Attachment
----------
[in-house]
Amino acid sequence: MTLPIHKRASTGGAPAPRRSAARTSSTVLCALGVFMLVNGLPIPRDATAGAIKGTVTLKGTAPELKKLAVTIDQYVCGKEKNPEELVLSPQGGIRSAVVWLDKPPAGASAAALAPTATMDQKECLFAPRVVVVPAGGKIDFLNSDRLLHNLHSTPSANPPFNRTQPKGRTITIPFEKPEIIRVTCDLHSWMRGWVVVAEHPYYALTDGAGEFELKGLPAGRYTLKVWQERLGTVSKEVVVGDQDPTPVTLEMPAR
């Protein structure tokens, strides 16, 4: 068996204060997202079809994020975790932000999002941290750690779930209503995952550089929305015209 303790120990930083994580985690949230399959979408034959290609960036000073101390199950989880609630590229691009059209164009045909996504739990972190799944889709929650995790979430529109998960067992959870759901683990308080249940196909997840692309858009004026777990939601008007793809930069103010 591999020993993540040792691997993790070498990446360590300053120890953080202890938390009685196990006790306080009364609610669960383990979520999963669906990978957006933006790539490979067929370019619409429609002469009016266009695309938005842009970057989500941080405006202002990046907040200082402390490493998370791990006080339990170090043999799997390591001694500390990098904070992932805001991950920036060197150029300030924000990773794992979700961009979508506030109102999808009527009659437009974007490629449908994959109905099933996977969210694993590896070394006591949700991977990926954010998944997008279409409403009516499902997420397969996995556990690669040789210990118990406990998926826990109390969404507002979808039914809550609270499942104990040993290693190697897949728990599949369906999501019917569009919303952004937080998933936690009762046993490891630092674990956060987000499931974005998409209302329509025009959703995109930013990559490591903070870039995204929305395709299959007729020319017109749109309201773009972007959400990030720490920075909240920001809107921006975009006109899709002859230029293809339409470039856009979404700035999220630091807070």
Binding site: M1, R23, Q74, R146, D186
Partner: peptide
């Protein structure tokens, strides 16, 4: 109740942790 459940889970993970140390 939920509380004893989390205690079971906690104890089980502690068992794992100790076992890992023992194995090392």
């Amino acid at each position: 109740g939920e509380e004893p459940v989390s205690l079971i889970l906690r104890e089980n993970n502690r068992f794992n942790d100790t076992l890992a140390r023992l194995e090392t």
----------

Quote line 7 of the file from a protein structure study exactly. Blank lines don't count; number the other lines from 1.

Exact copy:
């Amino acid at each position: 109740g939920e509380e004893p459940v989390s205690l079971i889970l906690r104890e089980n993970n502690r068992f794992n942790d100790t076992l890992a140390r023992l194995e090392t």